Monsanto, global biotechnology pioneer, has initiated a collaboration
on a $47-million research on drought-resistant corn that could
over the long term also benefit drought-prone farms in the
The drought-resistant corn project, funded by the Bill and
Melinda Gates Foundation and the Howard G. Buffett Foundation,
involves the development through genetic modification (GM)
of a corn variety that can withstand extreme absence of moisture
over maybe three to four weeks. The drought-resistant gene
may come from a wild plant.
Drought-resistant corn that have so far been developed under
conventional means can last without moisture over one week.
The germplasm for the research which will be donated by
the International Maize and What Improvement Center, a sister
agency of the Philippines- based International Rice Research
The project, really meant for the benefit of more arid areas
in Africa as it is called Water Efficient Maize for Africa
(WEMA), may in some way benefit the Philippines in the future
as local farmers also need it.
"We don’t know if the Philippines can get it,
said Vic Alpuerto, Monsanto Philippines Inc. commercial acceptance
"But of course our farmers look for this. All of our
corn lands are in rainfed areas. No corn growing areas have
irrigation facilities. Drought is farmers’ most damaging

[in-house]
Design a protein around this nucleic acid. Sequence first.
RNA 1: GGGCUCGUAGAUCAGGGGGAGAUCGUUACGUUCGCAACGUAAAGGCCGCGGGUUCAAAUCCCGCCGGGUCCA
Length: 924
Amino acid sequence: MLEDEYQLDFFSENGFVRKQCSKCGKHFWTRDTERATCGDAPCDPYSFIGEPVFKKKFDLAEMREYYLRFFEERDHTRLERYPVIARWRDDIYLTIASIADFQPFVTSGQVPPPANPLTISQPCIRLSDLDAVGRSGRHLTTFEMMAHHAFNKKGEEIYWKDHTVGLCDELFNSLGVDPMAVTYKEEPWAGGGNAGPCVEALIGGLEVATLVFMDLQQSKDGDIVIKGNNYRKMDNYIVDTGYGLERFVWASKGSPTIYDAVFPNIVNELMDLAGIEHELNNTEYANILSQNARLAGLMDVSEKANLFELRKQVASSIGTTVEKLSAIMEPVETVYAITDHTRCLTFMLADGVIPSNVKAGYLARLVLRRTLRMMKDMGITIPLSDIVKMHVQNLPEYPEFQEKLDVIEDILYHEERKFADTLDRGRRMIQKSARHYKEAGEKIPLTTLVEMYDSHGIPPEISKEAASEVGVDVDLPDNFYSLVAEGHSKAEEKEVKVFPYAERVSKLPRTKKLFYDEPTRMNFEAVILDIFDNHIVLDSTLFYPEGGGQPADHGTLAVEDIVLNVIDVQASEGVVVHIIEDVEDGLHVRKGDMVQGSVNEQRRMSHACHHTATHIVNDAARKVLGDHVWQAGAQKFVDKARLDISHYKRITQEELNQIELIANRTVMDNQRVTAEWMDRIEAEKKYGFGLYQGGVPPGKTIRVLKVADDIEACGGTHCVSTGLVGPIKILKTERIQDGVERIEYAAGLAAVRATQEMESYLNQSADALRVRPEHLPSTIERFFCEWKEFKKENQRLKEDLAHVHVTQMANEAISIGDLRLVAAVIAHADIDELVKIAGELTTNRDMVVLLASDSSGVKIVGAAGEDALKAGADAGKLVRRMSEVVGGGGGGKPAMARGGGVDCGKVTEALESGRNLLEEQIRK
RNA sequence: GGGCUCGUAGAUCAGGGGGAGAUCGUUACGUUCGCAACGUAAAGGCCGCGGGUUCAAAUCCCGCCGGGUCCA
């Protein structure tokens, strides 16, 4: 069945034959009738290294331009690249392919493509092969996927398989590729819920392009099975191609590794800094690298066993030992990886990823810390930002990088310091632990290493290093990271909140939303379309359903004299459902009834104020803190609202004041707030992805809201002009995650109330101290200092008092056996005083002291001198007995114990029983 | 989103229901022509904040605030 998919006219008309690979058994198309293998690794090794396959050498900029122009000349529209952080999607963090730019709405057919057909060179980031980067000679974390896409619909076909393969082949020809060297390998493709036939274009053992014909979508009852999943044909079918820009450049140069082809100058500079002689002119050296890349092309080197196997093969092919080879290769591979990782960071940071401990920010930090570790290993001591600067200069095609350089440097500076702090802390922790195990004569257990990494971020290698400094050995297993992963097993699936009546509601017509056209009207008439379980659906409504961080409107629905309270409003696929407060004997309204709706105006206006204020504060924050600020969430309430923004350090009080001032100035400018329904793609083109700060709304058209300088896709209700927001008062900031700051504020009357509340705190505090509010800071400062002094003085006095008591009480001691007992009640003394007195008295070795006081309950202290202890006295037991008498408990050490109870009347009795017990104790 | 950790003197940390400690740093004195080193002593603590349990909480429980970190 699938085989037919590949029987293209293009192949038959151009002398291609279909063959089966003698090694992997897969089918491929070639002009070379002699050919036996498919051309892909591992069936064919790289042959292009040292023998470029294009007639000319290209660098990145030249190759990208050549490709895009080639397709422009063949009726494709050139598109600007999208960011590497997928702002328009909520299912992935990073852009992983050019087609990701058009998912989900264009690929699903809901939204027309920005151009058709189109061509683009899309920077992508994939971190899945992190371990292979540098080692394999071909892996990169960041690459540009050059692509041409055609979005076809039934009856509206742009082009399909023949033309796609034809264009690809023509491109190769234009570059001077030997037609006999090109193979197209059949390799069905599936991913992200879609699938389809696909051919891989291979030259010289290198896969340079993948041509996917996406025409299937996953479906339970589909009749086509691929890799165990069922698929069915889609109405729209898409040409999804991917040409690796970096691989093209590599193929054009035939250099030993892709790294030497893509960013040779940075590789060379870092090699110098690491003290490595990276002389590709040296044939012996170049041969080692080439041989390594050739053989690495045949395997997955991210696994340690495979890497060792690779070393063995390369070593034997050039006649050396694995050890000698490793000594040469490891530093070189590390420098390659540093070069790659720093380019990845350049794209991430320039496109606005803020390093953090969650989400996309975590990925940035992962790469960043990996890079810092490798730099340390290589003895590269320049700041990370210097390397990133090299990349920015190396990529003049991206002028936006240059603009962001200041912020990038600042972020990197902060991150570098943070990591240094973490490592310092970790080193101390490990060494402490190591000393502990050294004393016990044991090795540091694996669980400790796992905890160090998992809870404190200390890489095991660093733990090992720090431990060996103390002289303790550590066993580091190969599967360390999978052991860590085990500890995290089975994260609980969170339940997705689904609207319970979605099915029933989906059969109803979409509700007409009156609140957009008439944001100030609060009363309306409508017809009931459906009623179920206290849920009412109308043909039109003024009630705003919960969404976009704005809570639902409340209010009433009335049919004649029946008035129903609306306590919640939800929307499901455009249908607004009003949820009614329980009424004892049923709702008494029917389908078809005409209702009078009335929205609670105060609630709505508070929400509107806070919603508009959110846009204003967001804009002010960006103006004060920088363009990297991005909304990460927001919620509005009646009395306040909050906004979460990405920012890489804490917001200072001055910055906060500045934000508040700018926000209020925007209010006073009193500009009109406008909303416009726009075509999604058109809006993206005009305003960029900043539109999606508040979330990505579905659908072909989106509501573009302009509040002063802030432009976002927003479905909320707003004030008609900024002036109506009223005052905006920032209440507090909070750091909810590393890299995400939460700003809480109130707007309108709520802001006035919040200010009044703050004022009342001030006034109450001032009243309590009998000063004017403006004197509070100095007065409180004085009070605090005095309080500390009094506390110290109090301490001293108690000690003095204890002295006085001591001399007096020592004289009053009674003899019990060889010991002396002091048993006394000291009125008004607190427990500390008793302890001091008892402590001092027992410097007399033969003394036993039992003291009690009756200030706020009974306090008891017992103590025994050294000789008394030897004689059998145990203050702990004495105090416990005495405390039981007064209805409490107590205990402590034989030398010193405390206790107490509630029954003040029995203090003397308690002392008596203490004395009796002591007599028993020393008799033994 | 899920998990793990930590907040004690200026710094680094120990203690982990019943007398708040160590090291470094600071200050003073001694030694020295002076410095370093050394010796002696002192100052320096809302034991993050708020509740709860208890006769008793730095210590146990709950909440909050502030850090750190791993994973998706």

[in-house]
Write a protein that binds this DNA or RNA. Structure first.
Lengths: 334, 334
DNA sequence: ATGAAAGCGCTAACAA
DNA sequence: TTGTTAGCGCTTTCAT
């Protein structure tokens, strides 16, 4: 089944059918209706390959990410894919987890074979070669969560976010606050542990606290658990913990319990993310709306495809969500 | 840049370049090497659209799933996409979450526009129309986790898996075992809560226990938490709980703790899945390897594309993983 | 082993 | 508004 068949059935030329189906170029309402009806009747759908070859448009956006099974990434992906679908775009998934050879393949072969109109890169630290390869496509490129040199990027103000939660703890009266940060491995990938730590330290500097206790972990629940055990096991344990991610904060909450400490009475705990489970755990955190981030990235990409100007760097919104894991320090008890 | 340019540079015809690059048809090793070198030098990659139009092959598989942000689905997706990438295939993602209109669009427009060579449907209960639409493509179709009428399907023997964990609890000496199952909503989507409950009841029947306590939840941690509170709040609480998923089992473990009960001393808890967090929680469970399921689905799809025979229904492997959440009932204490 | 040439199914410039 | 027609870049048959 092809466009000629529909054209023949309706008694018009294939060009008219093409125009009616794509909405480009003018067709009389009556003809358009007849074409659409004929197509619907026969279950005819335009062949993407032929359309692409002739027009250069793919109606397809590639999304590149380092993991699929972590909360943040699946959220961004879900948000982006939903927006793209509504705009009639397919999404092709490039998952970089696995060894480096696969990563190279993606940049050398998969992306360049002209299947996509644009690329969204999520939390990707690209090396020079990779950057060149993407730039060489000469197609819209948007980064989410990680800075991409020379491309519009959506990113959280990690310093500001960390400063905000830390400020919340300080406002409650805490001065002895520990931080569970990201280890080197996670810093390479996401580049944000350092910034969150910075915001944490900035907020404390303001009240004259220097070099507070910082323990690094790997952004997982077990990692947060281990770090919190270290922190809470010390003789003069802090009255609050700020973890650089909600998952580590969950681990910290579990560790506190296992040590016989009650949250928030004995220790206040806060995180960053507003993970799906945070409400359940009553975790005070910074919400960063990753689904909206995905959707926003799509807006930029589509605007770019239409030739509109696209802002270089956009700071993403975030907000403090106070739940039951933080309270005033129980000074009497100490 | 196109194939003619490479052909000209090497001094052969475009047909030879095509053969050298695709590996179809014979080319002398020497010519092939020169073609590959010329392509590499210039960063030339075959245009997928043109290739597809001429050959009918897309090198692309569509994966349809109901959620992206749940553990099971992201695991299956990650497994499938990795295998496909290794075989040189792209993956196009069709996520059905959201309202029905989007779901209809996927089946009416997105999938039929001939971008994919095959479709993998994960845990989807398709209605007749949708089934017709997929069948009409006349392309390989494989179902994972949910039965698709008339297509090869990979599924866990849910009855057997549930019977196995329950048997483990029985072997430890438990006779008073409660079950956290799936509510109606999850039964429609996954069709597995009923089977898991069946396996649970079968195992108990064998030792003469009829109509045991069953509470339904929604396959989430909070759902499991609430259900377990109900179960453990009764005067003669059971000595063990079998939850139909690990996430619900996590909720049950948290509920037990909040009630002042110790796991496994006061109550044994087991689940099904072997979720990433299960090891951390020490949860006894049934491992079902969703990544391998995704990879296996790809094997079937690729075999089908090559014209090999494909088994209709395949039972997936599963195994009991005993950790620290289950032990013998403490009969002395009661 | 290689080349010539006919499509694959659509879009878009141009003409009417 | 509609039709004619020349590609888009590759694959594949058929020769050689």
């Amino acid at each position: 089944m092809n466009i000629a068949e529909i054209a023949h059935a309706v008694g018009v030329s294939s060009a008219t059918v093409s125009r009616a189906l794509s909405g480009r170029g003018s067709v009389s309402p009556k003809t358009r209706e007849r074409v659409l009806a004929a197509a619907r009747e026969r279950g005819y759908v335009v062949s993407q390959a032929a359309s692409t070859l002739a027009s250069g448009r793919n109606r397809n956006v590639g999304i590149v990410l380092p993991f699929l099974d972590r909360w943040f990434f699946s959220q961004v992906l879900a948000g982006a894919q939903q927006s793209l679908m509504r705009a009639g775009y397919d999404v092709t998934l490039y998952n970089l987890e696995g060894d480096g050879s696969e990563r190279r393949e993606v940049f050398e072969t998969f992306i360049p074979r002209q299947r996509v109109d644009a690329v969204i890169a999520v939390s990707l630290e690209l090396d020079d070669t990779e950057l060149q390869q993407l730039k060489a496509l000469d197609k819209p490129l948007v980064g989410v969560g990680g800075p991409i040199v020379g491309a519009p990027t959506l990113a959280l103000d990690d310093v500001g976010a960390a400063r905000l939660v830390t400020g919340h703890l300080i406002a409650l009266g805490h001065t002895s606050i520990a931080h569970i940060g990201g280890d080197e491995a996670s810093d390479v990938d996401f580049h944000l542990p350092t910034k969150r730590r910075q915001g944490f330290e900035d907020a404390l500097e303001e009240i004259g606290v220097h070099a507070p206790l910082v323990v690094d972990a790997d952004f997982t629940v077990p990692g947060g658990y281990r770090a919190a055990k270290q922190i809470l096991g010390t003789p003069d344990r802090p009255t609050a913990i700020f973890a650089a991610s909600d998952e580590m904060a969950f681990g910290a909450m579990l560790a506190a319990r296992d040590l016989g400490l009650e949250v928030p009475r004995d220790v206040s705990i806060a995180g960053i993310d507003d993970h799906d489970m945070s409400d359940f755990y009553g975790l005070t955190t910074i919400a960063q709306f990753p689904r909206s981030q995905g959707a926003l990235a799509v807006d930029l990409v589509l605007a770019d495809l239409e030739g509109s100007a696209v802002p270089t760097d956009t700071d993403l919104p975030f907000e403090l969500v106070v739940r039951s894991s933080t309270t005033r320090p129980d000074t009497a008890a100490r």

A private-public partnership program, the development of
the droughtresistant corn will involve no royalty for the
developers. With such system, the technology could perhaps
be generously donated to other needy countries.
Because of the food crisis, Monsanto has introduced a three-point
program which are developing better seeds, conserving resources
(to cut by one-third the resources like land, water, and
energy used by 2030), and helping improve farmers’ lives.
This program targets the doubling of corn yield from 109.1
bushels per acre in 2000 to 220 bushels by 2030 (in popular
markets in Argentina, Brazil, and the US). With two times
the yield, farmers will utilize just half the land of what
they are utilizing at present.
Researches on increased soybean and cotton yield will also
The GM technology may be brought in under the private-public
partnership by Monsanto and German firm BASF which has started
embarking on life science researches. Researchers from Kenya,
Uganda, Tanzania and South Africa will participate together
with the African Agricultural Technology Foundation.
"These commitments represent the beginning of a journey
that we will expand on and deepen in the years ahead," said
Monsanto Chairman Hugh Grant.
Most of Monsanto’s Dekalb hybrid corn varieties (including
those with borer resistance and herbicide resistance) already
have drought tolerance. But GM may enhance existing technologies.
For the first time in several decades, a significant increase
in price of commodities have been observed due to the higher
demand for protein in people’s diet particularly from
China and India, according to Grant.
And only an international collaboration can enable a more
extensive research that can benefit countries most impacted
by drought and the adverse effect of climate change.